The Weekday Ramble is a daily dose of sports, music, culture, and more from Rambling On founder Erik Ritland. For more information check us out on Reddit, Twitter, Facebook, or at our website.
Thursday March 19, 2015
Remembering one of my biggest influences and heroes, the brilliant, loving Eastern Orthodox priest Thomas Hopko.
A little background
I began working at the Cathedral of St. Paul in 2007. At the time I was a fairly confident ELCA Lutheran. I wasn’t living my faith much less practicing it, but intellectually I thought I had all the answers.
After talking to several intelligent Catholics for the first time in my life I began to question everything. Although he was a hardcore Catholic one of my friends turned me on to Ancient Faith radio, a music and talk station of the Eastern Orthodox Church. No, the Orthodox Church isn’t Jewish, it’s the only Christian Church other than Catholicism that can trace its roots back to Jesus and the apostles.
I eventually became enamored with Eastern Orthodoxy. Their gorgeous, ancient liturgy takes you into another world. Their theology, which focuses more on the awe-inspiring mystery of God than having an intellectual explanation for everything, was more appealing than what I saw as more rigid Catholicism. I even went through Orthodox catechism classes.
Although I ended up becoming Catholic, Orthodoxy still forms a large part of my Christian life.
One of my biggest Orthodox influences was Fr. Thomas Hopko, who died peacefully of heart failure yesterday afternoon. He was the Dean at St. Vladmir’s, one of the biggest Orthodox seminaries in America, for decades. His brilliance as a theologian was only matched by his warmth and loving attitude.
Two of his books have had a great impact on me: The Winter Pascha, a series of reflections for the time before Christmas, and The Lenten Spring, a similar work focusing on Lent. The short chapters are filled with his personal insight in addition to long, beautiful quotations from Orthodox liturgies and the Bible. I’d recommend them for any Christian, especially Orthodox and Catholic.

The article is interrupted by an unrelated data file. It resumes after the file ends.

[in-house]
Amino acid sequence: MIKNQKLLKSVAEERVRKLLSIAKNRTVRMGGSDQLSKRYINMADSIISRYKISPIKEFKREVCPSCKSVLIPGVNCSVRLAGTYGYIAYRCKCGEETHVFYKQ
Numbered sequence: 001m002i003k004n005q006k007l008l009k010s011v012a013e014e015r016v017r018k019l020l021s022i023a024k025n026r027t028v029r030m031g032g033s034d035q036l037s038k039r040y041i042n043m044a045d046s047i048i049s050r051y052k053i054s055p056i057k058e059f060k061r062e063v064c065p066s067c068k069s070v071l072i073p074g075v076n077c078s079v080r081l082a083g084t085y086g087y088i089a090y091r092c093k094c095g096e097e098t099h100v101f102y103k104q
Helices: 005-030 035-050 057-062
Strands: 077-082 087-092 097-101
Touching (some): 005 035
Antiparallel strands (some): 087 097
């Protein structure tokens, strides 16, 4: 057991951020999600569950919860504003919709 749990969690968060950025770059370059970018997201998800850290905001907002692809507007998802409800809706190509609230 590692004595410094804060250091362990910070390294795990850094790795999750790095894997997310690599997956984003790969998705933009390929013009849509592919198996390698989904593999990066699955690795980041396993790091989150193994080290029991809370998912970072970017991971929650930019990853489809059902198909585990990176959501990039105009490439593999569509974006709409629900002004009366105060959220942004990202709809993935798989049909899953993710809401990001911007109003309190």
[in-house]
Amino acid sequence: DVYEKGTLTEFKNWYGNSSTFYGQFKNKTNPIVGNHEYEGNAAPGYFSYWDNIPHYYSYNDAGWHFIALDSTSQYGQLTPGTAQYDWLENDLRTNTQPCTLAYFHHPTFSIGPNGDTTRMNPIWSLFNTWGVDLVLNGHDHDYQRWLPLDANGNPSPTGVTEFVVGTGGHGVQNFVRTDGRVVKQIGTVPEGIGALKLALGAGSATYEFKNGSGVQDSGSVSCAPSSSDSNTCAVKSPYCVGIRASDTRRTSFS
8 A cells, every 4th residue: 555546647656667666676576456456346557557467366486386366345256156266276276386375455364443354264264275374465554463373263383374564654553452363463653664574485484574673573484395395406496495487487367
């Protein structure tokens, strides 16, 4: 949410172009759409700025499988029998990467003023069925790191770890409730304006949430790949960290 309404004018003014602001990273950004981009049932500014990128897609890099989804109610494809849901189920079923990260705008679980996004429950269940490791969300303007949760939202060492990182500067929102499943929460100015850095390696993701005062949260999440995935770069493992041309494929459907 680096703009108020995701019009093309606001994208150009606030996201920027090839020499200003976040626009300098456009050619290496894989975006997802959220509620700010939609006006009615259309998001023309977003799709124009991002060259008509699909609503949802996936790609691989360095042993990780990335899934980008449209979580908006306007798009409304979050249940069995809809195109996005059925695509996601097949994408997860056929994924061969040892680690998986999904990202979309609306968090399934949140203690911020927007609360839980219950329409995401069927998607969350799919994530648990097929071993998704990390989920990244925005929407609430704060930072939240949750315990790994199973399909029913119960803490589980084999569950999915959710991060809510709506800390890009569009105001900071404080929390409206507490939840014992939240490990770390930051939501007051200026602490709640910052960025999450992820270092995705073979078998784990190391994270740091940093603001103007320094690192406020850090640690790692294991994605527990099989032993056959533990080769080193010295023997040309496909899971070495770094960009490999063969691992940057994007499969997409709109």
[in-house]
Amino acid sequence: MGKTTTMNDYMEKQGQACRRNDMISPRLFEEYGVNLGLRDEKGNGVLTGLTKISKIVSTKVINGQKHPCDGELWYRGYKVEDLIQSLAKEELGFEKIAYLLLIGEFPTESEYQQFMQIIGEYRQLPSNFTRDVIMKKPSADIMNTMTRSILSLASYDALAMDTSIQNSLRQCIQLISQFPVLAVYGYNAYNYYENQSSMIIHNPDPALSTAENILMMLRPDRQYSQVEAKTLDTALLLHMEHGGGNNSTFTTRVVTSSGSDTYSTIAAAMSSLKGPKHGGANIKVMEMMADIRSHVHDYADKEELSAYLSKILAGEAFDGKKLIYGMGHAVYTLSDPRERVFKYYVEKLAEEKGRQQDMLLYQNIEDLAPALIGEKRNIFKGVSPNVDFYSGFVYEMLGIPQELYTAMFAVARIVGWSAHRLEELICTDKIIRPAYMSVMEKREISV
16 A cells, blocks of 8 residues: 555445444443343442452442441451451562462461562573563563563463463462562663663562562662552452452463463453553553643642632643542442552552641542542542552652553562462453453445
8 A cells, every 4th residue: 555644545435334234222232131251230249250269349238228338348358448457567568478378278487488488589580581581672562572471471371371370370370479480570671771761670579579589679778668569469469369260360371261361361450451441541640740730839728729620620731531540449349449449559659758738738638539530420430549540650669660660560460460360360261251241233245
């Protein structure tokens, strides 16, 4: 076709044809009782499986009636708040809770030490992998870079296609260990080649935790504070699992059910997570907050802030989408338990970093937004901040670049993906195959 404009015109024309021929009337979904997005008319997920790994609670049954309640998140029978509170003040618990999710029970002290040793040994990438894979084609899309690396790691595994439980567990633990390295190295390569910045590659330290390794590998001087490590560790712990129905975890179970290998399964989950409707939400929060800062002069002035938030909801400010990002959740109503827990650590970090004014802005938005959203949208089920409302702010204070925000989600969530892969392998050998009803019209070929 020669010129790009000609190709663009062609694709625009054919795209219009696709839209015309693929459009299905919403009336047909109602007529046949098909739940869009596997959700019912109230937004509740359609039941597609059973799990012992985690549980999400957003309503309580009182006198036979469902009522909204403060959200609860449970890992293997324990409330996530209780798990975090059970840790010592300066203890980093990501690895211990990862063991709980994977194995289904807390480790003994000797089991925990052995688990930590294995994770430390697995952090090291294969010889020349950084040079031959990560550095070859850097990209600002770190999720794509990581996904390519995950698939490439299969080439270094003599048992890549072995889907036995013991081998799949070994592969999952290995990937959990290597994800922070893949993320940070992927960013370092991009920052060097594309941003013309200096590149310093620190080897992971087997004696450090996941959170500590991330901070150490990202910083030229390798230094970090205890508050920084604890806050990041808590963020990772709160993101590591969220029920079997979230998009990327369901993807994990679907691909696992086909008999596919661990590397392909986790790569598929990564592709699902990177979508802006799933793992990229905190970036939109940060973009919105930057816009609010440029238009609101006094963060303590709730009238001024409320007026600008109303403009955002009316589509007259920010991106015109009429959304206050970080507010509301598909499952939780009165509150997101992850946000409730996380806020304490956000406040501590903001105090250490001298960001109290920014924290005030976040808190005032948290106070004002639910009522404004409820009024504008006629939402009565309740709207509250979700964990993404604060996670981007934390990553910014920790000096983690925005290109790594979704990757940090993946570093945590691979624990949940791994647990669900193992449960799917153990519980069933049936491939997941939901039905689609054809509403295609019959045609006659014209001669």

The biggest influence he had on me was through his hundreds of podcasts on Ancient Faith radio. Of course he focused on Christianity and Orthodoxy but the topics he covered were wide-ranging, from a charitable multi-part ode to Charles Darwin to reflections on practically every Bishop in Orthodox history. His podcasts about the Divine Liturgy and the major feasts of the Church year will always inspire me and deepen my faith.
His commentary was always insightful and put in such a way that you understood and respected where he was coming from regardless of whether you agreed with him. Which I almost always did, but even when I didn’t I always felt like he respected those who disagree. His podcast was called Speaking the Truth in Love and he certainly did this.
For a good example of his love and brilliance, read his famous 55 maxims.
I don’t consider many people to be my heroes. Fr. Hopko’s enormous influence in my life certainly puts him in that small category. May his memory be eternal.
Erik Ritland is a writer and musician from St. Paul, Minnesota. His blog and podcast Rambling On features commentary on music, sports, culture, and more. He is also a contributor for Minnesota culture blog Curious North. Support Erik's music via his Patreon account, reach him via email, or find him on Facebook and Twitter.